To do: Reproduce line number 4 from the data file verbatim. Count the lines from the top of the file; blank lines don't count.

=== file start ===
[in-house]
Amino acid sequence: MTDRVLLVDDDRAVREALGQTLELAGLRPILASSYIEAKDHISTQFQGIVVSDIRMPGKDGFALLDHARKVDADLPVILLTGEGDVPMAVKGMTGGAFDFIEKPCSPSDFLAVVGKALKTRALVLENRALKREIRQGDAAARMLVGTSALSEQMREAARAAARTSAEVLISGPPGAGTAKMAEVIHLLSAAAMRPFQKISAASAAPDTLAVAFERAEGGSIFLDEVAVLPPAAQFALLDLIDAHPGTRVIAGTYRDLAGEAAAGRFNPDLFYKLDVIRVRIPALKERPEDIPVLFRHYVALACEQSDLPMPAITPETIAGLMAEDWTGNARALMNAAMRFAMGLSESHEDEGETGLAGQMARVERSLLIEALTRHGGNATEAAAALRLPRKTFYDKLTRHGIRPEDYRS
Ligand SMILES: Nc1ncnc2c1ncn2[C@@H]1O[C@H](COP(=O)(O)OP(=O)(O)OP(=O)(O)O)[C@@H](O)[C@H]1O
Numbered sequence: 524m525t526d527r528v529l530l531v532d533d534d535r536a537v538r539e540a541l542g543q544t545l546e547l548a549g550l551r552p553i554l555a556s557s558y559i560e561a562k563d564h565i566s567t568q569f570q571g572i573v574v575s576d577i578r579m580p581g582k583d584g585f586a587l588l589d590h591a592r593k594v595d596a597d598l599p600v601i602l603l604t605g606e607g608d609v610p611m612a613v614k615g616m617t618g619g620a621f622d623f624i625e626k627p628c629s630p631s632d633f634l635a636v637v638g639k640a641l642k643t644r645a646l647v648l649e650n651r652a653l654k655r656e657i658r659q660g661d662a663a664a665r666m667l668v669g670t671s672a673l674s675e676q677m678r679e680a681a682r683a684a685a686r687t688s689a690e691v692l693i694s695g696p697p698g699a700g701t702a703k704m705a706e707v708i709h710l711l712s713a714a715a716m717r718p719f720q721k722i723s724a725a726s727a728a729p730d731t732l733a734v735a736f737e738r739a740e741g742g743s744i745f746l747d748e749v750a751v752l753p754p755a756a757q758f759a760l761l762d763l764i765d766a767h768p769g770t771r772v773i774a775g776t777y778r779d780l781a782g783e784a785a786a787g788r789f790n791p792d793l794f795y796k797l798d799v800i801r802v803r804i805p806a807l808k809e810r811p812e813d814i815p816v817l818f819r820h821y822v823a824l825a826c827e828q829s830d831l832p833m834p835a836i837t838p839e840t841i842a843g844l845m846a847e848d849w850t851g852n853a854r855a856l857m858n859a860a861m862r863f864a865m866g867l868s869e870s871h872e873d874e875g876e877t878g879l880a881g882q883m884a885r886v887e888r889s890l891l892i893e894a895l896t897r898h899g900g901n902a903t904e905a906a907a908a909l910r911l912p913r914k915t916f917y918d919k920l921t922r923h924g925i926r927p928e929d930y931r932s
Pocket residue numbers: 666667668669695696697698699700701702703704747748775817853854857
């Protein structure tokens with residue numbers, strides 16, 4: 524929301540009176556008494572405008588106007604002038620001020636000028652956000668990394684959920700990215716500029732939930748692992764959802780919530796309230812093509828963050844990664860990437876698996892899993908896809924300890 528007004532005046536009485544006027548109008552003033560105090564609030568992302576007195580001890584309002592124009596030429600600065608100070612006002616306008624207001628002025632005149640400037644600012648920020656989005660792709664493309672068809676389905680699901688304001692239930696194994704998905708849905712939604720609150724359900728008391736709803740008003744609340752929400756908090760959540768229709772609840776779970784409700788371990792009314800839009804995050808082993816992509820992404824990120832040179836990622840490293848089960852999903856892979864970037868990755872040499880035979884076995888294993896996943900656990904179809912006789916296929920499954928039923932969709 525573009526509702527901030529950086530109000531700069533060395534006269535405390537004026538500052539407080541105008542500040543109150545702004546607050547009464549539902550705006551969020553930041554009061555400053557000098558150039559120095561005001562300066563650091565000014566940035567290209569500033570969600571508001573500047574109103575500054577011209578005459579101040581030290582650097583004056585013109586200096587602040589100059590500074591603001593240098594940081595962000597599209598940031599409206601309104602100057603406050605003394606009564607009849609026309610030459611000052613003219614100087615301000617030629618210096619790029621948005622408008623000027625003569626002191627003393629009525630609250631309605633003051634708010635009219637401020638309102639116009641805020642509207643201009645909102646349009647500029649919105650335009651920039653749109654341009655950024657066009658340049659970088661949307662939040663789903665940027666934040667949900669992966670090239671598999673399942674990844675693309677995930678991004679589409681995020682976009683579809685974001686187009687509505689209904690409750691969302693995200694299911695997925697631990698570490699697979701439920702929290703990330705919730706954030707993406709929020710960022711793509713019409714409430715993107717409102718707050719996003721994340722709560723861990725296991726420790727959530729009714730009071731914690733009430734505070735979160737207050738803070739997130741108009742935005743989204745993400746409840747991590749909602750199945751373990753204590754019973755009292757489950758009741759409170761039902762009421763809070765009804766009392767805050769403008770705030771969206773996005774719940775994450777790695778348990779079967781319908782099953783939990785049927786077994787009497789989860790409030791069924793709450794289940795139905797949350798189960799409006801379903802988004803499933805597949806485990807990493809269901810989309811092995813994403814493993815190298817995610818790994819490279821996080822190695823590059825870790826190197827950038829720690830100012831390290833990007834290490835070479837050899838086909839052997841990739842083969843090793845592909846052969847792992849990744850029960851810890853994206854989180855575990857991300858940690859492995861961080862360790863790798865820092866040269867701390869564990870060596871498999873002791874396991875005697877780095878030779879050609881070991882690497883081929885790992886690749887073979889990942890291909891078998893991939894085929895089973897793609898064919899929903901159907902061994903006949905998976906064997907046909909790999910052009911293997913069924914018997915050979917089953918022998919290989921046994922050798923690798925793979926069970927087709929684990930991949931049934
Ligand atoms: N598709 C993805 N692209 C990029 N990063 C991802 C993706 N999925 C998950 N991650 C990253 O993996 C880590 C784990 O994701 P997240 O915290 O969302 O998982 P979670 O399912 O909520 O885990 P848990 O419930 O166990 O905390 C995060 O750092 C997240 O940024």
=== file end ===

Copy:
Numbered sequence: 524m525t526d527r528v529l530l531v532d533d534d535r536a537v538r539e540a541l542g543q544t545l546e547l548a549g550l551r552p553i554l555a556s557s558y559i560e561a562k563d564h565i566s567t568q569f570q571g572i573v574v575s576d577i578r579m580p581g582k583d584g585f586a587l588l589d590h591a592r593k594v595d596a597d598l599p600v601i602l603l604t605g606e607g608d609v610p611m612a613v614k615g616m617t618g619g620a621f622d623f624i625e626k627p628c629s630p631s632d633f634l635a636v637v638g639k640a641l642k643t644r645a646l647v648l649e650n651r652a653l654k655r656e657i658r659q660g661d662a663a664a665r666m667l668v669g670t671s672a673l674s675e676q677m678r679e680a681a682r683a684a685a686r687t688s689a690e691v692l693i694s695g696p697p698g699a700g701t702a703k704m705a706e707v708i709h710l711l712s713a714a715a716m717r718p719f720q721k722i723s724a725a726s727a728a729p730d731t732l733a734v735a736f737e738r739a740e741g742g743s744i745f746l747d748e749v750a751v752l753p754p755a756a757q758f759a760l761l762d763l764i765d766a767h768p769g770t771r772v773i774a775g776t777y778r779d780l781a782g783e784a785a786a787g788r789f790n791p792d793l794f795y796k797l798d799v800i801r802v803r804i805p806a807l808k809e810r811p812e813d814i815p816v817l818f819r820h821y822v823a824l825a826c827e828q829s830d831l832p833m834p835a836i837t838p839e840t841i842a843g844l845m846a847e848d849w850t851g852n853a854r855a856l857m858n859a860a861m862r863f864a865m866g867l868s869e870s871h872e873d874e875g876e877t878g879l880a881g882q883m884a885r886v887e888r889s890l891l892i893e894a895l896t897r898h899g900g901n902a903t904e905a906a907a908a909l910r911l912p913r914k915t916f917y918d919k920l921t922r923h924g925i926r927p928e929d930y931r932s